Encampment Matters in the 2011 Decolonize/Occupy Moment. John Hayakawa Torok, Nov. 19, 2011.
“Is this an occupation or an infestation?” Washington Post, Nov. 15, 2011.
“For the poor citizenship consists of supporting and sustaining the power and idleness of the rich. They must work for those goals before the majestic equality of the laws, which forbids rich and poor alike to sleep under bridges, to beg in the streets and to steal bread.” Anatole France, 1894.
To the memory of the April 1914, Ludlow, Colorado campers.
The Occupy/Decolonize encampment in front of Oakland city hall has been removed twice by police raids, the first time with such force that it made international news and because Iraq war veteran Scott Olsen sustained a head injury. The local movement’s response was the November 2 Strike/Day of Action. It exceeded all expectations as to numbers and diversity and as a predominantly peaceful day long protest that first shut down several local branches of national banks and then the Port of Oakland. These events made Oakland, one of the country’s more troubled small cities, world renowned.
The rationale offered in Oakland, as elsewhere, for closing encampments is public safety and public health. Safety concerns purportedly arise from deaths at encampments including the death by gun violence of “Alex” (25 year old Kayode O. Foster), the 110th such murder in Oakland in 2011. Health concerns purportedly arise from sanitation issues among campers ever since homeless people have joined the encampments. It has emerged that governmental rhetoric and the policing response against the encampments was nationally coordinated.
The proper frame for this safety and health rhetoric is the war on the American poor unleashed by the privatization of urban public space following large commercial real estate and corporate interests’ investments in city centers. Business Improvement Districts – private associations wherein money rules – have quasi-governmental powers to further their biggest corporate members’ agendas. The poor must be disappeared in order to create an attractive image of the city for those with money to spend. The police and private security are then tasked with making urban space consumers only.
When humans without money to spend, with other humans who oppose rampant consumer ideology, start collectively using urban public space, it directly challenges the so-called redevelopment project. The Occupy/Decolonize encampments project a vision for a community that is not transactional. They promote human connection outside market relations, through mutual aid, cooperation, and participatory democracy. This ideology threatens reigning capitalist and consumer ideology. Both corporate power and city public officials know this.
One might argue that Business Improvement Districts have colonized, by their capitalist and consumerist agendas, urban public space to the point that it is now private and too often racially exclusive. They also exclude a public that does not have or does not wish to spend money. Our too easy acceptance of the exclusion of the poor, the dispossessed, people of color, the otherwise troubled from our city streets is a symptom of our own colonization by their ideology. Occupy/Decolonize encampments challenge this.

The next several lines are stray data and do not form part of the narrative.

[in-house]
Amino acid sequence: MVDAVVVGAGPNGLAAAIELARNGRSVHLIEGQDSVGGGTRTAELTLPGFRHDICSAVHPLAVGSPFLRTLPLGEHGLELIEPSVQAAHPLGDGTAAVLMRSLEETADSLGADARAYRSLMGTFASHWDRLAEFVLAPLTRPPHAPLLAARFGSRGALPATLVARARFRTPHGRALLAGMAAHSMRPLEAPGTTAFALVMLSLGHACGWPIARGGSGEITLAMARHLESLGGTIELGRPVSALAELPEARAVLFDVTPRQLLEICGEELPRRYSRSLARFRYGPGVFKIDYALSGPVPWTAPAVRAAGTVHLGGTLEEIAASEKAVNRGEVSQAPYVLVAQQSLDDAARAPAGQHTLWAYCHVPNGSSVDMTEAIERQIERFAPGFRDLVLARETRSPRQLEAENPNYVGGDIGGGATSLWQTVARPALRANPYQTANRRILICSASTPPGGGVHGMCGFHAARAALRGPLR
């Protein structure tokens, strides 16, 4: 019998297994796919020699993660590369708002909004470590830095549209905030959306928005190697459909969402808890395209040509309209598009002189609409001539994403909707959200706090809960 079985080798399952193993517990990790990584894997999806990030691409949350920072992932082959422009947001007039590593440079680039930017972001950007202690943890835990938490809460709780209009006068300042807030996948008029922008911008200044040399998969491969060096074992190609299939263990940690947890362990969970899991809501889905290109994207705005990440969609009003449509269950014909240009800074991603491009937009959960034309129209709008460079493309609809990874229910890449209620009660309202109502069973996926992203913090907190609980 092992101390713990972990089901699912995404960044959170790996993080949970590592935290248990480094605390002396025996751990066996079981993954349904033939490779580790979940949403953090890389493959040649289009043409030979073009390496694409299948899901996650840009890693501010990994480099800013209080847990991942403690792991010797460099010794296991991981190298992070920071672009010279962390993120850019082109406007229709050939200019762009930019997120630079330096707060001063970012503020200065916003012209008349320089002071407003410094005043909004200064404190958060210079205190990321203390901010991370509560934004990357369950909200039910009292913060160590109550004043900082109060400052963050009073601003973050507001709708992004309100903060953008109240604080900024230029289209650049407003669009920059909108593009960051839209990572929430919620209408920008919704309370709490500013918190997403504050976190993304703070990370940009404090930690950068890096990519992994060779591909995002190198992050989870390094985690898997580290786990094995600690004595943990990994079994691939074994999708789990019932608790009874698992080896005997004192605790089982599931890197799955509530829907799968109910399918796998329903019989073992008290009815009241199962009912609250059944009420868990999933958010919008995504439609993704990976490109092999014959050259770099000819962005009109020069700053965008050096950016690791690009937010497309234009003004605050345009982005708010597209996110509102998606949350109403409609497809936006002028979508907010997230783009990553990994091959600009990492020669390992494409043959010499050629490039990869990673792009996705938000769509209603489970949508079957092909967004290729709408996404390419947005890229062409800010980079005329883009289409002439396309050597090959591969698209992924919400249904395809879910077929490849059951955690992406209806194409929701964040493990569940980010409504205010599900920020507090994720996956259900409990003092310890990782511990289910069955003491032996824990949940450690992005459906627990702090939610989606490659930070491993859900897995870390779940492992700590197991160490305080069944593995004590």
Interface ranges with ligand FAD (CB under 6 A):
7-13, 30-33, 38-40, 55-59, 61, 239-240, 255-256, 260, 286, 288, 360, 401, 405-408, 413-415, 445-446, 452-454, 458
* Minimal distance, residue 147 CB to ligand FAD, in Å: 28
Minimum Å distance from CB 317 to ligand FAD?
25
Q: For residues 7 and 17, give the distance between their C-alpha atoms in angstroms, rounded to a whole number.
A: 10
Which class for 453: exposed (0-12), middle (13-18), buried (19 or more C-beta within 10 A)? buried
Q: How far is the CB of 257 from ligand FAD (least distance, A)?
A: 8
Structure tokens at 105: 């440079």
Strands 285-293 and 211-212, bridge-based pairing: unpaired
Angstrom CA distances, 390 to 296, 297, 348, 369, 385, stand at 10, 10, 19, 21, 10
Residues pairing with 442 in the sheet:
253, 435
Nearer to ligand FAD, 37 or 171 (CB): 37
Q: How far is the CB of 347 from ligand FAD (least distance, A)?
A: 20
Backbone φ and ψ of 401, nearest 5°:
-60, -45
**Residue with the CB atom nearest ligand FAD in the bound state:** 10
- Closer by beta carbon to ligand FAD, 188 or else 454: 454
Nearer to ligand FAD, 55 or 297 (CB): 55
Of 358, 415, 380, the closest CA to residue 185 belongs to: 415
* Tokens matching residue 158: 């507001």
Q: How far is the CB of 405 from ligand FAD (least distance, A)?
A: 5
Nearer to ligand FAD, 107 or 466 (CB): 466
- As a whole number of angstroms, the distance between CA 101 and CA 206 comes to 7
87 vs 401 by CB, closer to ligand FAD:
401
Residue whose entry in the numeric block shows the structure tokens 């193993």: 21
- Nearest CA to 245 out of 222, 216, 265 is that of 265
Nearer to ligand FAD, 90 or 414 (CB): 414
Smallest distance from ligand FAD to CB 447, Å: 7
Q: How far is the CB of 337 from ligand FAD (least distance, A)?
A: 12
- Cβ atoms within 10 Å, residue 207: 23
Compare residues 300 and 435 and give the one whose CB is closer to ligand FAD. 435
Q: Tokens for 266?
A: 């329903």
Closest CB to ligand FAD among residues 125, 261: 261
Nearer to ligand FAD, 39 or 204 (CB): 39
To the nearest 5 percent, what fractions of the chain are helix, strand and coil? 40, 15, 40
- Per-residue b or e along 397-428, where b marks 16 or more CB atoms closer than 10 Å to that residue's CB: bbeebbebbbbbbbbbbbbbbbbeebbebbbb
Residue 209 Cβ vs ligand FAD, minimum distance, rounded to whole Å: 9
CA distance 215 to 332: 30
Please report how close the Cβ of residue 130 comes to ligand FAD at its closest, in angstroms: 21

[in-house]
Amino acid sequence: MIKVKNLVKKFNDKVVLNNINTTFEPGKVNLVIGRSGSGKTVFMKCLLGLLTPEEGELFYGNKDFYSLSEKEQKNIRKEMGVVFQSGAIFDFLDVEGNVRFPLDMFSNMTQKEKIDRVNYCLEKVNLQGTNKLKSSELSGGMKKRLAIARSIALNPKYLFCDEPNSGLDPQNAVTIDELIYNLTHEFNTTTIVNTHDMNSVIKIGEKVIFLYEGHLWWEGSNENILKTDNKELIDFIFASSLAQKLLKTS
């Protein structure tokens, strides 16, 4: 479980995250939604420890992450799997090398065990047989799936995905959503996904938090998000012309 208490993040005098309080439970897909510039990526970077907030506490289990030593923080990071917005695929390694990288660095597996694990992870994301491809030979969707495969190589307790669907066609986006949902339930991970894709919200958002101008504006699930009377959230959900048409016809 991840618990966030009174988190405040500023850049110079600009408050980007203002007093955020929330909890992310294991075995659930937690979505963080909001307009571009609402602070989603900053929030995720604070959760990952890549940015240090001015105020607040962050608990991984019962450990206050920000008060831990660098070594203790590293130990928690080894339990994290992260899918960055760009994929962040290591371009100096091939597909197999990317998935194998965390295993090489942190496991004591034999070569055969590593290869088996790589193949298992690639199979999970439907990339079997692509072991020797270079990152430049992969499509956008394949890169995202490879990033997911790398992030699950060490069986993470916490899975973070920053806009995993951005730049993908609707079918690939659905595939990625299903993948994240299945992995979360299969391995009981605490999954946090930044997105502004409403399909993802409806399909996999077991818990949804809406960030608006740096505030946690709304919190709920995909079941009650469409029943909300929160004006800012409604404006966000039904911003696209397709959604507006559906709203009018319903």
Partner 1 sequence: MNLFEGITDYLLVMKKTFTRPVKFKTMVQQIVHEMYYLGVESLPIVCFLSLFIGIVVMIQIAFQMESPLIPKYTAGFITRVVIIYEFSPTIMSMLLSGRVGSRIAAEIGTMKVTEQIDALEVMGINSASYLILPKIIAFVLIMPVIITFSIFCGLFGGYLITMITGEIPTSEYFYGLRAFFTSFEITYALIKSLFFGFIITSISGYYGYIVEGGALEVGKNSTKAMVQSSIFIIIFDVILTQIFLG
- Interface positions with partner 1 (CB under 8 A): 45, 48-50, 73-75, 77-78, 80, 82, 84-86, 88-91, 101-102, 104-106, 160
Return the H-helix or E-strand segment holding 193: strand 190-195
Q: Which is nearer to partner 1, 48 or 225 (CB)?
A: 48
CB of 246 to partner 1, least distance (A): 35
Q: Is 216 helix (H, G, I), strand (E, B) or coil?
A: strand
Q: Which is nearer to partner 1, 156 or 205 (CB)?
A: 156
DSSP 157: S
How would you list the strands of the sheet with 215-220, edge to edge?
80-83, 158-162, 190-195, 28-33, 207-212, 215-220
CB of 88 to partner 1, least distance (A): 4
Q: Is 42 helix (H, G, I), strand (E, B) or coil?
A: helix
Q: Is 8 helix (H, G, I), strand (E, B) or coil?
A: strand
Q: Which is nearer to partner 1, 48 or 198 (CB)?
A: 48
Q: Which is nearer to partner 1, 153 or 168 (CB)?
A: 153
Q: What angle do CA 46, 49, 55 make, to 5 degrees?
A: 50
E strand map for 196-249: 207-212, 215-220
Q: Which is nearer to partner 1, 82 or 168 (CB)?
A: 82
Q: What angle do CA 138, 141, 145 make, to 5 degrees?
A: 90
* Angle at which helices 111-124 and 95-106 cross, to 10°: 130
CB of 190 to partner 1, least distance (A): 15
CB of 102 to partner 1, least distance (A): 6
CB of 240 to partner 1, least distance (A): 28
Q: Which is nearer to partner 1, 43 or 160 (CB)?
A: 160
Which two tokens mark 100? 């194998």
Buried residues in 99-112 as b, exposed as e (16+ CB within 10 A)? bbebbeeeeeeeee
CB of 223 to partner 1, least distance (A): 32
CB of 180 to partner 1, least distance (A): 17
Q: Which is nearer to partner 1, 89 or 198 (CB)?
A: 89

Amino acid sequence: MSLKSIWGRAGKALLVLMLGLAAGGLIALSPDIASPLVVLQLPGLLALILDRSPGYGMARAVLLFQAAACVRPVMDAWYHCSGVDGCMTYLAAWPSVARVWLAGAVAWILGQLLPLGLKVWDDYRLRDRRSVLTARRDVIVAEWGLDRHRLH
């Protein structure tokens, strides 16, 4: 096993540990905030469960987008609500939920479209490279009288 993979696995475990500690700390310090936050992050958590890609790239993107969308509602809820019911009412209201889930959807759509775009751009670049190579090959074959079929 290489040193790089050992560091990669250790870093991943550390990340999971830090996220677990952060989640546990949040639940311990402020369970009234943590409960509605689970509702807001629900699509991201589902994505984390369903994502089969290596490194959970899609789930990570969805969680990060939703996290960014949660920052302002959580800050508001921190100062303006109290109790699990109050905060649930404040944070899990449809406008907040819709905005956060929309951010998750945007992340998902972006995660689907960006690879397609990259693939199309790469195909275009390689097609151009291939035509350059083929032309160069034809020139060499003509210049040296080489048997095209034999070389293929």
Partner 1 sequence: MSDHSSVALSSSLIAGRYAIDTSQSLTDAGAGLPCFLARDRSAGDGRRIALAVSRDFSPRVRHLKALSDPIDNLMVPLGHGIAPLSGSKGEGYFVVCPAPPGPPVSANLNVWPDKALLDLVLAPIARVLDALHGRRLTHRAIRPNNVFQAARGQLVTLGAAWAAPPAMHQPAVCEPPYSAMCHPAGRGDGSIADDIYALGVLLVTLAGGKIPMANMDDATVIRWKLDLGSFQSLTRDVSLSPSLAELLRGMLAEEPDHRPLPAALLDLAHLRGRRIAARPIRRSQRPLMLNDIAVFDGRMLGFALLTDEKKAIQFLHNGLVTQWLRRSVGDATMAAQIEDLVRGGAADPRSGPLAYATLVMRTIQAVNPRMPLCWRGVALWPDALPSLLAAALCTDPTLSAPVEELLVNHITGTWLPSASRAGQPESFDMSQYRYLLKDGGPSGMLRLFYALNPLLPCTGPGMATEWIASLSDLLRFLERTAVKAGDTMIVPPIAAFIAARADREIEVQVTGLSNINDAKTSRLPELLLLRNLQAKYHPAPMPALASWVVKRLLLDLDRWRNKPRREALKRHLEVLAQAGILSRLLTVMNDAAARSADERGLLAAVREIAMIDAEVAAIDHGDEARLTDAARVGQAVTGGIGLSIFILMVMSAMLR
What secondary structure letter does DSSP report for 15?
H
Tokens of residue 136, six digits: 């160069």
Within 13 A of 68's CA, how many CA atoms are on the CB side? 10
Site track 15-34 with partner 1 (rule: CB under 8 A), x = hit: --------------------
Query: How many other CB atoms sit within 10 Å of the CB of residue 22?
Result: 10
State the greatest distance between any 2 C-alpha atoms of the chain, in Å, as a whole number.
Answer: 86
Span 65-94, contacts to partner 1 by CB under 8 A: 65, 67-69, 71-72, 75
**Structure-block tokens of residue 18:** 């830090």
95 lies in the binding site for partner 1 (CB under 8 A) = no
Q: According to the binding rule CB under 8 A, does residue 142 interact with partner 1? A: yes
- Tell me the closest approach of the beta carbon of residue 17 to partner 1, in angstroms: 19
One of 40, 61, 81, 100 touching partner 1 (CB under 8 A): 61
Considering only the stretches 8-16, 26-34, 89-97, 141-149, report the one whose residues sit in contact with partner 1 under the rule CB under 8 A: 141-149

Encampment matters. Homeless encampments at the margins of cities have been dispersed previously. Who are the homeless other than the victims of the 1%? They are the foreclosed upon, the jobless, those who have been bankrupted by health care costs, or those who otherwise cannot care for themselves and lack resources. Those with jobs see clearly, as evidenced by organized labor’s increasing alliance with the Decolonize/Occupy gatherings, that public policy seeks to produce more such victims.
The encampments shine wholesome sunlight on deaths in poverty ordinarily invisible in the richest country on earth. We only heard of these deaths because they occurred in or close to encampments in New Orleans, Salt Lake City, Oakland, and Burlington, Vermont. These deaths in the shadow of city hall highlight failures of local and national political leadership. The leaders are shamed as they should be.
Encampment matters. These spaces are communities where mutual aid and care become possible through the sharing of resources. Many who do not sleep on the streets or parks bring food and other contributions, have conversations, and participate in and help with organizing the all-important general assemblies. Twenty-four hour camps strengthen the prospect for conversations and solidarity.
Encampment has become a key symbol in the Decolonize/Occupy moment. After police removed the Occupy Cal-Berkeley encampment for the second time, students occupiers hoisted two tents in the air with helium balloons in front of Sproul Hall. These too were removed by campus authorities. In early December, an action by religious, labor and community organizations to support congressional extension of unemployment benefits will involve encampment on the Capitol Mall in Washington D.C.
Putting our bodies in public space, moving our bodies through public space, staying in tents in public space as a form of protest, decolonizes and reclaims space for the public. Such action is important for the health of democracy in the lands now called the United States. That some of those who do so stay lack other lodging does not make these acts any less political. Decolonize/Occupy Everywhere!
John Hayakawa Torok is a critical race theorist and card-carrying member of the U.S.A. Green Party who lives in Oakland, California.